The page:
One of my favorite New Year postings is under the title of “Person” of the Year. In the past, I have singled out the Chief Compliance Officers, Chief Ethics Officers, Prosecutors, and Whistleblowers.
For 2021, the choice is obvious – the most important trend is the rise of Environmental, Social and Governance (“ESG”) programs. In second place, I would choose Supply Chain Management and Risks, given the importance of supply chain management in the post-pandemic world.
In the end, ESG dominated the headlines and earned the annual recognition as the issue of the year. While I continue to believe that ethics and compliance should not lead a corporate ESG program, ethics and compliance continues to benefit from corporate focus on ESG, and in particular, on the need to address the “G” of ESG or corporate governance. In this respect, ethics and compliance has an opportunity to leverage ESG as a way to elevate the ethics and compliance function.
Compliance officers have a unique skill that sits well within the ESG framework. Compliance officers have line-of-sight across the organization and expertise in crafting internal compliance controls to mitigate risks. Like compliance, ESG programs depend on line-of-sight across the organization, coordination with related functions, and design and oversight of policies and procedures to mitigate risks.
Given the similarity in skill sets, many professionals believe that compliance should include ESG responsibilities in their remit. My concerns is simple – ethics and compliance officers already have huge responsibilities for a company’s ethical culture, and compliance program. CCOs cannot take on more responsibilities. Companies face extraordinary risks from investor and stakeholder demands to implement robust ESG programs. SEC regulations surrounding ESG programs and disclosure requirements are soon to be implemented. As a result, a dedicated ESG officer and staff is a minimum requirement.
ESG, however, is a movement that reflects growing public and investor demands. Corporate leaders have to focus beyond quarterly financial reporting and respond to a broad menu of stakeholder demands. The landscape for corporate governance is undergoing a radical transformation – social and environmental issues compete with traditional financial, compliance and operational demands. While this reformation is occurring, corporate leaders are having to balance difficult issues while maintaining stakeholder support. At bottom, companies have to focus a keen eye on protection of its most valuable intangible asset — its reputation. This evolution is positive development and will benefit CCOs because of the important responsibility to protect a company’s reputation.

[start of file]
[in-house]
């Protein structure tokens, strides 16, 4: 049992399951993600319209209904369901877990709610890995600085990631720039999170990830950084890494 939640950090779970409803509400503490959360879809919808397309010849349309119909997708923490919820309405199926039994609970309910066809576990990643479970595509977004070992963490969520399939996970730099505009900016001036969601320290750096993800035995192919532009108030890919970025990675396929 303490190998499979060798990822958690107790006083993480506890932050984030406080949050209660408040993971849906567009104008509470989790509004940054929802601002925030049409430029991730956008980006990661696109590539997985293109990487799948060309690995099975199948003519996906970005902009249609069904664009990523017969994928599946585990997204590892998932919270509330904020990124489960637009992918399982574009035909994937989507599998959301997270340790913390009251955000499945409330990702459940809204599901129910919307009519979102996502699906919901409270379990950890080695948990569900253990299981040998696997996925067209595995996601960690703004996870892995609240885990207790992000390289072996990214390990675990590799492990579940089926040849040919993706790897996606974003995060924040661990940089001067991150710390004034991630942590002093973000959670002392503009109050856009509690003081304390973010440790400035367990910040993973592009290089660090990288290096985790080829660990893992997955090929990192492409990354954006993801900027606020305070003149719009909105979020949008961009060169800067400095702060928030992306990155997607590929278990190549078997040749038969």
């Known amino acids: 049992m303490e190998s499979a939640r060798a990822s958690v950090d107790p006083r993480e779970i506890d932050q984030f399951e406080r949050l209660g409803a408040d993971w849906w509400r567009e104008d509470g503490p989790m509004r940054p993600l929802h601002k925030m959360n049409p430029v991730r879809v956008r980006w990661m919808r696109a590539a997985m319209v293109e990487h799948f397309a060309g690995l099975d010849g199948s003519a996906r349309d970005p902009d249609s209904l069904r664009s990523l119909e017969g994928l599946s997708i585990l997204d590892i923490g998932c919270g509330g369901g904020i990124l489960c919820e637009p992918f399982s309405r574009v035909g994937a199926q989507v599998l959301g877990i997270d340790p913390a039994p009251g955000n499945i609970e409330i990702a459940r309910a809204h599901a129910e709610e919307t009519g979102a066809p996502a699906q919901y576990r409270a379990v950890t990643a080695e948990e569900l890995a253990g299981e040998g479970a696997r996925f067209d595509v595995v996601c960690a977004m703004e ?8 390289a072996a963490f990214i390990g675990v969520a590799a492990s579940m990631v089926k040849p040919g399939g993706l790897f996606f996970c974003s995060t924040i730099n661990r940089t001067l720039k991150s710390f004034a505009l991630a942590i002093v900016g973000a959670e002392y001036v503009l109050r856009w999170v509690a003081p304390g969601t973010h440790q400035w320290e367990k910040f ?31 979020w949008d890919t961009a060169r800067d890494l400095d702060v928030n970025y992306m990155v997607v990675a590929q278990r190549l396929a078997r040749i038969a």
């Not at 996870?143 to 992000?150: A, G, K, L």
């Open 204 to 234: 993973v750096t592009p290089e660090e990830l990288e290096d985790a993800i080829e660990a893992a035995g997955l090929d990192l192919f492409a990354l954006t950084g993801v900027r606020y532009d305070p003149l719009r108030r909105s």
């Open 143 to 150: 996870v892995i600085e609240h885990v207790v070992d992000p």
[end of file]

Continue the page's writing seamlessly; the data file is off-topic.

Corporate compliance fits neatly in the ESG perspective. Investors and stakeholders are demanding corporate dedication to environmental sustainability, social issues and corporate governance. To increase access to capital, companies have to dedicate themselves to these new principles and provide robust disclosure of information falling in the ESG framework.
Ethics and compliance programs are a critical component of effective corporate governance. A company that ignores ethics and compliance will, by definition, falter in overall governance. Such deficiencies will inevitably threaten financial performance, increase the occurrence of employee misconduct, and raise the risk of a government enforcement action.
An ESG program has to include the CCO as a strategic partner. Working together, ESG and CCOs can apply common solutions to design and implement policies, procedures and controls to accomplish an effective ESG and ethics and compliance program. While the objectives may differ, the means to accomplish their respective goals include common techniques and approaches to build corporate-wide support for these two important programs.
ESG is here to stay. Corporate leaders need to expand their perspective and address important stakeholder issues, including ethics and compliance as part of the governance component. As a new and important objective, ESG is set to re-shape the corporate landscape.